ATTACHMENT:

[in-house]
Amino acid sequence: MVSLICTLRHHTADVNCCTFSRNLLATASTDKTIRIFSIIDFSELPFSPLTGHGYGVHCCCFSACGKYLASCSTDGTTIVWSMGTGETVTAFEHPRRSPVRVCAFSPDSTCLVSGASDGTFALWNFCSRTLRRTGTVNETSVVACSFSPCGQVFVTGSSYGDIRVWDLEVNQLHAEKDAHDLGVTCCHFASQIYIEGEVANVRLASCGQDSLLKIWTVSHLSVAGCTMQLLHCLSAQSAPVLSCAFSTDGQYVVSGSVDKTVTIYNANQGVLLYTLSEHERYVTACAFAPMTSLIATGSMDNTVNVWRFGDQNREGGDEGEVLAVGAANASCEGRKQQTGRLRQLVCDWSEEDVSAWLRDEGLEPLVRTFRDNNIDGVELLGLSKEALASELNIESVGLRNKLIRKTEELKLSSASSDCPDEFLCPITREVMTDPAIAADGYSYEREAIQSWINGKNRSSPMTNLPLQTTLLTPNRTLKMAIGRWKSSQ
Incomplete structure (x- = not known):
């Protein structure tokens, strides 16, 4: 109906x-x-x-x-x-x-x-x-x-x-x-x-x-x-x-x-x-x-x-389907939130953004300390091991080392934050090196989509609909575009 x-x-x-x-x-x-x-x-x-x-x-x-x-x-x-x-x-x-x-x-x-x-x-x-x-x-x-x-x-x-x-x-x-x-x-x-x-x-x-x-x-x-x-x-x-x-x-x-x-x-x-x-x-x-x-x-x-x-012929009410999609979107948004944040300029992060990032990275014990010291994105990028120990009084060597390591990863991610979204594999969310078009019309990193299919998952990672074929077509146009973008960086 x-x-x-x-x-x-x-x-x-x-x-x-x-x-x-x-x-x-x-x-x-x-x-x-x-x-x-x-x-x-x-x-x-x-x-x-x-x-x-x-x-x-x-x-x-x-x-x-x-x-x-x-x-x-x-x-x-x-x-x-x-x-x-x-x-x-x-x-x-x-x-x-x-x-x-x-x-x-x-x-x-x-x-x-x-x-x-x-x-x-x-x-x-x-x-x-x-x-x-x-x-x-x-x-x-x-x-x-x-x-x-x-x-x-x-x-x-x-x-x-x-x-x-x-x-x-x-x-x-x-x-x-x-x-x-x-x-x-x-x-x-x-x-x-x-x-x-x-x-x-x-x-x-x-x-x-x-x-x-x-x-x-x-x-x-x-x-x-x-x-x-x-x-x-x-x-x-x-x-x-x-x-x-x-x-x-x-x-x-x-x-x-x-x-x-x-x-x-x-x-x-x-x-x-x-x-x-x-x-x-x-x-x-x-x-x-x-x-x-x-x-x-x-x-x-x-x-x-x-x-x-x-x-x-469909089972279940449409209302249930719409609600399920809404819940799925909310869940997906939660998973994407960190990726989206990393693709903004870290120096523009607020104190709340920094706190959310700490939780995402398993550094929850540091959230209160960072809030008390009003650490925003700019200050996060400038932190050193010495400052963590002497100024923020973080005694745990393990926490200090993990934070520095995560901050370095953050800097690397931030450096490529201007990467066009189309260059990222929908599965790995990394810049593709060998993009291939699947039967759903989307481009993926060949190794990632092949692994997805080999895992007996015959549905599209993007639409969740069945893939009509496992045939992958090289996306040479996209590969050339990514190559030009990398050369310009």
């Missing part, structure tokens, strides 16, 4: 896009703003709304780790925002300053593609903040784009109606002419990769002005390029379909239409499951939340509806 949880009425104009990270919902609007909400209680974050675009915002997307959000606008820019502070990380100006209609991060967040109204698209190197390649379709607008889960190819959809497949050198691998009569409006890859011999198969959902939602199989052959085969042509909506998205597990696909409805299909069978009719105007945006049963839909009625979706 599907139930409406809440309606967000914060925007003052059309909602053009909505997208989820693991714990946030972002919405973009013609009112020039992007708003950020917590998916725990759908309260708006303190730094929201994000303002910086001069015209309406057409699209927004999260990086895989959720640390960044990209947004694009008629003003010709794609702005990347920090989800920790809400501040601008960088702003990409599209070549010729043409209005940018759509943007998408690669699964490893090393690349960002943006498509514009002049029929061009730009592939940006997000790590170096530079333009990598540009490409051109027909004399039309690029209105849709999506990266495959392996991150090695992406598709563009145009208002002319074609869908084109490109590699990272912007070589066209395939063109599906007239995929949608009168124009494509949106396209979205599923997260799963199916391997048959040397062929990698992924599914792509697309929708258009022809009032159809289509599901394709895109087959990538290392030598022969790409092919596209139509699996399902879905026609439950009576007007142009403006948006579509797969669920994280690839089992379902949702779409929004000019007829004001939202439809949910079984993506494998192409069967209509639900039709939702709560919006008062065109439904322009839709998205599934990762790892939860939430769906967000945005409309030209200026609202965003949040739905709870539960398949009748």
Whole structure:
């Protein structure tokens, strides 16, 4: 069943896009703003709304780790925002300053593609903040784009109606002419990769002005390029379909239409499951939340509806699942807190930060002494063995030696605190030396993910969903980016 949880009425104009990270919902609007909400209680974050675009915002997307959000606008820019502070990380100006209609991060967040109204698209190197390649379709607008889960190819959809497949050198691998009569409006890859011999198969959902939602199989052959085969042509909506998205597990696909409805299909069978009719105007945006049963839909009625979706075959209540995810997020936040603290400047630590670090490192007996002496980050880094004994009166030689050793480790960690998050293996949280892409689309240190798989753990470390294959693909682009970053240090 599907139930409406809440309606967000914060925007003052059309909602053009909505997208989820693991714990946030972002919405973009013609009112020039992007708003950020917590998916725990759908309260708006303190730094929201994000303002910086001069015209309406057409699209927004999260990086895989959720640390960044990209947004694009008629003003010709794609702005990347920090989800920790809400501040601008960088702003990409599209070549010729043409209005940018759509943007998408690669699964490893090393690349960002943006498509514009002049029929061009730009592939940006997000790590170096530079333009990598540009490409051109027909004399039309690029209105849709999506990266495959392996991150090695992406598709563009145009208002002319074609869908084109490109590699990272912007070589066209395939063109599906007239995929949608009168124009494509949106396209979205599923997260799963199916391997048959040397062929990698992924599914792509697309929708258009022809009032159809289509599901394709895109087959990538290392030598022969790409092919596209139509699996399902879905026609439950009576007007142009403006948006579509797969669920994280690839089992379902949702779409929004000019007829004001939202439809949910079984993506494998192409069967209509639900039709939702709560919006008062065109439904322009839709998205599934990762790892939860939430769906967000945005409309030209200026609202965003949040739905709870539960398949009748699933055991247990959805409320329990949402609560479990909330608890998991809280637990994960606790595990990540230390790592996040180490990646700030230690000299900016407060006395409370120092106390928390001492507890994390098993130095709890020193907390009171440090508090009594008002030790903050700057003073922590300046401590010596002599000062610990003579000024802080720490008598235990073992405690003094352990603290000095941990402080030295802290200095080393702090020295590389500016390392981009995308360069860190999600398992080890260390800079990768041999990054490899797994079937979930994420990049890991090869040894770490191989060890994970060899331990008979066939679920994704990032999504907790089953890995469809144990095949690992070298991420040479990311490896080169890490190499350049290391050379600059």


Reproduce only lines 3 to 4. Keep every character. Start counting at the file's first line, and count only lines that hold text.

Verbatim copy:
Incomplete structure (x- = not known):
């Protein structure tokens, strides 16, 4: 109906x-x-x-x-x-x-x-x-x-x-x-x-x-x-x-x-x-x-x-389907939130953004300390091991080392934050090196989509609909575009 x-x-x-x-x-x-x-x-x-x-x-x-x-x-x-x-x-x-x-x-x-x-x-x-x-x-x-x-x-x-x-x-x-x-x-x-x-x-x-x-x-x-x-x-x-x-x-x-x-x-x-x-x-x-x-x-x-x-012929009410999609979107948004944040300029992060990032990275014990010291994105990028120990009084060597390591990863991610979204594999969310078009019309990193299919998952990672074929077509146009973008960086 x-x-x-x-x-x-x-x-x-x-x-x-x-x-x-x-x-x-x-x-x-x-x-x-x-x-x-x-x-x-x-x-x-x-x-x-x-x-x-x-x-x-x-x-x-x-x-x-x-x-x-x-x-x-x-x-x-x-x-x-x-x-x-x-x-x-x-x-x-x-x-x-x-x-x-x-x-x-x-x-x-x-x-x-x-x-x-x-x-x-x-x-x-x-x-x-x-x-x-x-x-x-x-x-x-x-x-x-x-x-x-x-x-x-x-x-x-x-x-x-x-x-x-x-x-x-x-x-x-x-x-x-x-x-x-x-x-x-x-x-x-x-x-x-x-x-x-x-x-x-x-x-x-x-x-x-x-x-x-x-x-x-x-x-x-x-x-x-x-x-x-x-x-x-x-x-x-x-x-x-x-x-x-x-x-x-x-x-x-x-x-x-x-x-x-x-x-x-x-x-x-x-x-x-x-x-x-x-x-x-x-x-x-x-x-x-x-x-x-x-x-x-x-x-x-x-x-x-x-x-x-x-x-x-469909089972279940449409209302249930719409609600399920809404819940799925909310869940997906939660998973994407960190990726989206990393693709903004870290120096523009607020104190709340920094706190959310700490939780995402398993550094929850540091959230209160960072809030008390009003650490925003700019200050996060400038932190050193010495400052963590002497100024923020973080005694745990393990926490200090993990934070520095995560901050370095953050800097690397931030450096490529201007990467066009189309260059990222929908599965790995990394810049593709060998993009291939699947039967759903989307481009993926060949190794990632092949692994997805080999895992007996015959549905599209993007639409969740069945893939009509496992045939992958090289996306040479996209590969050339990514190559030009990398050369310009």